1 Thessalonians 2:13-16
For this cause also thank we God without ceasing, because, when you received the word of God which you heard of us…
I. ITS RECEPTION BY THE THESSALONIANS.
1. They believed that it came from God. Paul and Silas and Timotheus brought the message; the Thessalonians recognized it as the message of God. They felt that it came from him.
(1) Their words were such as never man untaught of God could speak. The gospel was utterly unlike anything that had been heard or read before. It stood alone, unique, separate from all other histories. No human imagination could have pictured it; no human genius could have thought it out. It must be of God; it could have no other source. It bore within itself the evidence of its inspiration, of its Divine origin. And
(2) they felt its energy within their hearts. It did not lie dormant there; it was living and powerful It wrought within them with a mighty working, drawing them by a strange constraining power away from their old self-pleasing lives into the new life of faith and love and self-denial. That living force showed that it was the Word of God. No mere human words could so stir the heart. The preaching of the cross might be a stumbling-block to the Jews, it might seem foolishness to the Greeks; but to those who had the precious gift of faith, it was "the power of God and the wisdom of God."
2. They showed their faith by their works. The infant European Churches imitated the oldest Churches, those of Judaea. All alike belonged to God; all were in Christ Jesus, living branches in the true Vine. The new converts sought to live like the first Christians. "Then had the Churches rest throughout all Judaea and Galilee and Samaria, and were edified; and walking in the fear of God, and in the comfort of the Holy Ghost, were multiplied." They imitated them in active holiness, and they imitated them in patient endurance.
II. THE OPPOSITION OF THE WORLD.
1. The Gentile opposition. It first appeared in Macedonia. In Philippi the evangelists were for the first time brought before Gentile magistrates. The politarchs of Thessalonica had more sense of justice than the so-called praetors of Philippi. They contented themselves with taking security from the Christians who were brought before them. But the converts were exposed to great persecution in both places from the first. In his letters to both Churches, St. Paul again and again mentions their sufferings. In writing to the Corinthians he speaks of the "great trial of affliction" which beset the Macedonian Christians. The Thessalonians had to suffer much at the hands of their own countrymen. But they had been taught that those who would live a godly life must suffer persecution, and so they thought it not strange. It had been so from the beginning of Christianity. They looked to the example of the earliest Churches.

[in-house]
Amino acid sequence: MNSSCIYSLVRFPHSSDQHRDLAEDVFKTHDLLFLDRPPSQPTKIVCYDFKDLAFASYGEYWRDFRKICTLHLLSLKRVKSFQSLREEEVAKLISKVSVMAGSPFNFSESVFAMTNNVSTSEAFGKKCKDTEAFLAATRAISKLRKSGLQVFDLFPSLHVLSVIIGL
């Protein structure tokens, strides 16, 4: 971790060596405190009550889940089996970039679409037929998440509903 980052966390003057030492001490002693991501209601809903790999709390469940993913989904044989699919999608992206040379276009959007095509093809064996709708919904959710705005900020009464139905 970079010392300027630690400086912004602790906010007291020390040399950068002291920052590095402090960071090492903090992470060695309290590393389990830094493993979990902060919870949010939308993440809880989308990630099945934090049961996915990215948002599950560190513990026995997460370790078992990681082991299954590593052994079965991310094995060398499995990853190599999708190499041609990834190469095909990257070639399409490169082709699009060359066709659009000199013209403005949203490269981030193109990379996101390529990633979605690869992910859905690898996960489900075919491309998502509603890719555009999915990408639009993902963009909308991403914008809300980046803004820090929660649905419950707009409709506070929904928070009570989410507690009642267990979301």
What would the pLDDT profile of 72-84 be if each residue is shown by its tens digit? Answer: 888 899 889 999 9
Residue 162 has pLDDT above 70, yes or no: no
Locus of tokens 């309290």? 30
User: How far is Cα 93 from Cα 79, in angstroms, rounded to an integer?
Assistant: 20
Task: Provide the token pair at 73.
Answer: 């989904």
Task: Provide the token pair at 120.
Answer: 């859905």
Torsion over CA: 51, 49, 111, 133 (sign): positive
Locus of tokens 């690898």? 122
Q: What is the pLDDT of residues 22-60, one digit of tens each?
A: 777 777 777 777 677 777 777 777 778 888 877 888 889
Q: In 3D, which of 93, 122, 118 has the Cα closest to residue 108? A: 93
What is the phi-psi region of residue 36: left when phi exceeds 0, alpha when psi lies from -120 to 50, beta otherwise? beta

2. The Jewish opposition. The Jews had slain the prophets; they had slain the Lord Jesus; they had chased the apostle from city to city. They were St. Paul's own countrymen. He loved them dearly. He could find no words strong enough to express his intense longing for their salvation (see Romans 9:1-3). But they were constantly thwarting his work - that work of saving souls on which his whole heart was set. They were doing so now at Corinth, opposing themselves and blaspheming (Acts 18:6). St. Paul could not restrain his feelings of holy indignation. They call themselves (he says) the peculiar people of God; but they please him not. He willeth that all men should be saved, and they are contrary to all men. In that hatred of the human race which heathen writers attribute to them, they tried to hinder the apostle from preaching to the Gentiles. Nothing angered them more than the proclamation of a free salvation offered to Jew and Gentile alike (see Acts 22:21, 22). This wicked jealousy filled up the measure of their sins. Their sin was its own punishment. That hardened heart was the beginning of the judgment that was coming. Learn:
1. To reverence the Gospel as the Word of God.
2. To look for its inner working in the heart.
3. To imitate the saints of God in patient endurance. - B.C.C.
Parallel VersesKJV: For this cause also thank we God without ceasing, because, when ye received the word of God which ye heard of us, ye received it not as the word of men, but as it is in truth, the word of God, which effectually worketh also in you that believe.
WEB: For this cause we also thank God without ceasing, that, when you received from us the word of the message of God, you accepted it not as the word of men, but, as it is in truth, the word of God, which also works in you who believe.